The dog park can change in an instant from serene to obscene, at least in the eyes of the right human. Dogs are after all, like children. We love them powerfully, and express it clearly, yet they do not always share our expressive language. Once someone asked me why my dog was barking at theirs and I said because she doesn’t speak English very well. This person was not the right human, at least not just then. The other day, the right human happened to be an older, well-to-do white woman–who certainly considered herself right in every sense, since she’d been acculturated to believe it so–and she made it clear, as they often do, that her authority was absolute. She reminded me of the aging, self-righteous white women at work who would “see Trump elected at all costs.” Anyway, the woman at the park, wielding a leashed Collie with it’s balls dragging through the mulch flew off the handle because of an interaction between a goofy pit bull and my little feeble Moro.
Moro approached the pit looking for play, and the pit nudged the little rabbit looking creature and then attempted to sit on him. Apparently, this dog likes to sit on puppies (which I thought was kind of funny, but whatever). Moro rolled around on the ground a little, squealing as he does, yelping at the top of his lungs, tail between his legs, big ears up and dashed beneath the bench where Ryan sat. He was of course, uninjured. Just afraid of a larger dog potentially being on top of him, the other dog was in no way aggressive. In fact, Moro has squealed and yelped twice as loud at the sound of bath water running or my yelling at him for shitting in the house. But, never the less, the right human refused to hear any of that. When I said he was fine,she kept asking, essentially telling me, “are you sure, are you sure” in a way that clearly stated I was not wise enough, or did not care enough to know. She didn’t speak to the owner of the pit bull. Funny though, after rolling her eyes at me and turning away she said to Ryan: “at least he comes to you,” as I’m picking up a ball to throw for Cassie. Never mind the hyper aggression she couldn’t be bothered to train out of her own dog.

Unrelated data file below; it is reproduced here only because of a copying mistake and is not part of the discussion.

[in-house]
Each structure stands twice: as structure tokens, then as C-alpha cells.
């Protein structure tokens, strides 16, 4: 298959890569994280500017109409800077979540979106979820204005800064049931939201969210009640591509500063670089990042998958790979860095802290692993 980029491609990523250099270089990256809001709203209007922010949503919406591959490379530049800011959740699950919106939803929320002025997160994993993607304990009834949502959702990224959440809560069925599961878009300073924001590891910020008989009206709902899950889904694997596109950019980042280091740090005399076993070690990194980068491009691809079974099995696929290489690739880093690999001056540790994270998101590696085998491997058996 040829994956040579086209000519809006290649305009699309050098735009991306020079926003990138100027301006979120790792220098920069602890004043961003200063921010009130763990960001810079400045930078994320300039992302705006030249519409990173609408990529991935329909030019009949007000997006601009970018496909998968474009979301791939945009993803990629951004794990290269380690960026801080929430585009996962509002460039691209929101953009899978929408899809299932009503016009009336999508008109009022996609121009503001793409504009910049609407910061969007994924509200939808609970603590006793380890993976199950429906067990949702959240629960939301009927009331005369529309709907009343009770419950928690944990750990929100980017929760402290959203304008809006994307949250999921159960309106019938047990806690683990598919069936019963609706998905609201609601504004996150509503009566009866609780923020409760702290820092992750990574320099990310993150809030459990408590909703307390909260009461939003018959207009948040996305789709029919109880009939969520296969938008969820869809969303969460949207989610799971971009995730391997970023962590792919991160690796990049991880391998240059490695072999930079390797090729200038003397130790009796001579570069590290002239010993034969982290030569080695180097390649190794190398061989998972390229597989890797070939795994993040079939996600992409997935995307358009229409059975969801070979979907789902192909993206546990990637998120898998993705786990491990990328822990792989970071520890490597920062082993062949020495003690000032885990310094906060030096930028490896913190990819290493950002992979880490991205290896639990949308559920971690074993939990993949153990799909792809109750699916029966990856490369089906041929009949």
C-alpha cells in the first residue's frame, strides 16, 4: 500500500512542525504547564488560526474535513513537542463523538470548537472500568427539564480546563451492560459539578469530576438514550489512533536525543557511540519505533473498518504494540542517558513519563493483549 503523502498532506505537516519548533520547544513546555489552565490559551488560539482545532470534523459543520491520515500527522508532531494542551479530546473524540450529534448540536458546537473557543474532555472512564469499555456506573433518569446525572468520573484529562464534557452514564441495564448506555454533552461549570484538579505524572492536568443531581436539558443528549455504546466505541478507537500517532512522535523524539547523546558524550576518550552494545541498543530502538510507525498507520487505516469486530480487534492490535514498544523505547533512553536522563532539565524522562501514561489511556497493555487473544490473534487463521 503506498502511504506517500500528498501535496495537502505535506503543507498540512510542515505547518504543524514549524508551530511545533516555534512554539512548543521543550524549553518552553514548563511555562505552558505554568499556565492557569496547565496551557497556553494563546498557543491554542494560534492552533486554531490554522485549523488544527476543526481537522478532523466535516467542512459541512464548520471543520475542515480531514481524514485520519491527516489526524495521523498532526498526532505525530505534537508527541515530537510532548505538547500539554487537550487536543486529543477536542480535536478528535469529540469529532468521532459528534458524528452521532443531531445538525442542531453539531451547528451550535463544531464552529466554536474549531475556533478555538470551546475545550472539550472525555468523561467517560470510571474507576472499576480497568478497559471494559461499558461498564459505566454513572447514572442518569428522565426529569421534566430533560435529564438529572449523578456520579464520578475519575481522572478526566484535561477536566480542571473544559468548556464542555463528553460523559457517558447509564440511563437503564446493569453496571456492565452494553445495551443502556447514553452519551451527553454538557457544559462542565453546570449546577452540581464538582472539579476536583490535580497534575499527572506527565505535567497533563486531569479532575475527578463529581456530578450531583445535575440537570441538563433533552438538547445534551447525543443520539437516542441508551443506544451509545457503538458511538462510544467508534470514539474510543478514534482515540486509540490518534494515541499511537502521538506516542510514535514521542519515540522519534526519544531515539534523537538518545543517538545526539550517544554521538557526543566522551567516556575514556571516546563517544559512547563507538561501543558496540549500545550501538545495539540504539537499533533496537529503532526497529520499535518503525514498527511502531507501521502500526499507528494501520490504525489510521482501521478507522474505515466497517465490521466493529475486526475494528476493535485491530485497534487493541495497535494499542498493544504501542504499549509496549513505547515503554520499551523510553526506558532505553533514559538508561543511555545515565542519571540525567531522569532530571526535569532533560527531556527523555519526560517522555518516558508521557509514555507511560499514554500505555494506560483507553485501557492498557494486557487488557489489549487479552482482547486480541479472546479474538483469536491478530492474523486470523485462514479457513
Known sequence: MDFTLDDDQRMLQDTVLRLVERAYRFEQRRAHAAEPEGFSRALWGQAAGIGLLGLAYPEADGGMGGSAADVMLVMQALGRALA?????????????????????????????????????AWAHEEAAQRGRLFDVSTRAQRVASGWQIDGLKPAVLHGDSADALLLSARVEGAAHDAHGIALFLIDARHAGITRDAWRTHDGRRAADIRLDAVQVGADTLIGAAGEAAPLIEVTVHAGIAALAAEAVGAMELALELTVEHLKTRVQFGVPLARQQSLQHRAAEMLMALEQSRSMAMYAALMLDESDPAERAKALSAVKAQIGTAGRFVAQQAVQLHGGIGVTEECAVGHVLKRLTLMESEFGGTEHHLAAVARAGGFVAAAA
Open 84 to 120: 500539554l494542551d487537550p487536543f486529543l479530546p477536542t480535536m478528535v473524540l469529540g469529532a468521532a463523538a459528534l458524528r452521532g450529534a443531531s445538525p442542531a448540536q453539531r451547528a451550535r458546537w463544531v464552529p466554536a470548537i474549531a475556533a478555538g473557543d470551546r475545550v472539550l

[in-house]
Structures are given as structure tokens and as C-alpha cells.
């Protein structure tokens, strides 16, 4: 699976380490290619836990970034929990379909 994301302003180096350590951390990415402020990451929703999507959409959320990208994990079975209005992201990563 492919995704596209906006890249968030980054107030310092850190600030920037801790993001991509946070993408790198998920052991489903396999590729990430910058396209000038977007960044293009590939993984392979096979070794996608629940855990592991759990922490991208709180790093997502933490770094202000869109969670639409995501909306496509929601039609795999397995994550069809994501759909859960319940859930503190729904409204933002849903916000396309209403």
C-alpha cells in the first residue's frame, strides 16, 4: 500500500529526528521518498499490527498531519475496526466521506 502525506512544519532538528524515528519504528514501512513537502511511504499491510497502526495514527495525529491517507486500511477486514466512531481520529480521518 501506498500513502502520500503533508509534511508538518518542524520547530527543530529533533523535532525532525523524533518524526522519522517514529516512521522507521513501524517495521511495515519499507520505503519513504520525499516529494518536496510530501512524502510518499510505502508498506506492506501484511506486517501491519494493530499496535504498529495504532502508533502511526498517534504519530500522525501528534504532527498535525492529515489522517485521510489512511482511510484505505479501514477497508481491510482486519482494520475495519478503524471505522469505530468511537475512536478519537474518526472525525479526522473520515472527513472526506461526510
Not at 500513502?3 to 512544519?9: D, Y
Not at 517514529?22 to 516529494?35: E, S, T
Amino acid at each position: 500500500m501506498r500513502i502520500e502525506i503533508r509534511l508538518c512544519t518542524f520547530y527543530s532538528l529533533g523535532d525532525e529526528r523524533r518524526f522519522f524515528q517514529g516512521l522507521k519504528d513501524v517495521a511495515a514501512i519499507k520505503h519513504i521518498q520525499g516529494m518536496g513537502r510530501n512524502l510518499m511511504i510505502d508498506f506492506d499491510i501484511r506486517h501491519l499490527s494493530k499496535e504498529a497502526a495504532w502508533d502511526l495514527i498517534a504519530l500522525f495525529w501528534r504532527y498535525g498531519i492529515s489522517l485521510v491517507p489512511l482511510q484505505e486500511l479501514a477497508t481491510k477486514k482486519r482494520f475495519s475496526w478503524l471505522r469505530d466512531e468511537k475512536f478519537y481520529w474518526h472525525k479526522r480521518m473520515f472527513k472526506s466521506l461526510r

What gets me though is the hyper-sensitivity to all little things. Necessary mishaps of proper growth and development, the demanding of weakness and the refusal of accepting blame. As if they should be coddled at all costs even when they aren’t injured or in any real danger. Long gone are the days of getting over yourself, so then self-righteous people like homegirl embark on galactic quests to annoy the shit out of, and then berate under their breath anyone who isn’t in line with their injurious, incessant coddling. More injurious with human children I think. Those human children who may grow up to be just like her, or any blip on the spectrum of insufficient/deleterious to the remainder of our supposedly just society. Those whom regardless of resources, remain either wholly dependent on others or morally inexcusable in our current societal landscape–shredding away the well-being of every living thing they touch–and doing so with pride because they were bred to believe it acceptable. Politicians in the making.
And so when I’m walking somewhere with the kids and they’re running on the concrete, and I say to stop running and they don’t and then Leah falls and starts freaking out crying but isn’t injured, I shouldn’t feel bad at all. I should feel nothing when I tell her to get up and that she has no reason to cry. She gets right up when I say that and gives up on the tears and starts walking again. It usually takes a while before she forgets the fall and starts running again and the process is repeated, sometimes days, sometimes weeks. But I do feel something, I don’t know if it’s bad or not. Maybe I feel like I should do something about the pressure of people staring and expecting me to kiss the non-existent boo boo. The scowls from other parents when I don’t lift her up, but allow her to get up on her own. But no matter how I feel, It’s more important that I continue to hope she’ll be picking herself up as much as possible, now and in the future, when her mother and I, the rest of her family, maybe even her friends are gone ,if it comes to that. Maybe it’s because I know the stakes are so much higher for her as a little black girl in America, or maybe it’s my own angry insistence on independence. The vitriol I still have for never being nurtured or taught anything by anyone even when I truly needed it most. Likely a combination of those things, or maybe I just can’t stand pretentious old Trump voting, ignorant, self-righteous ass chickenheads at the dog park and she got me all in my feelings.
Maybe my anger is like that damn technicolor Tootsie pop owl and as a consequence, the world may never know.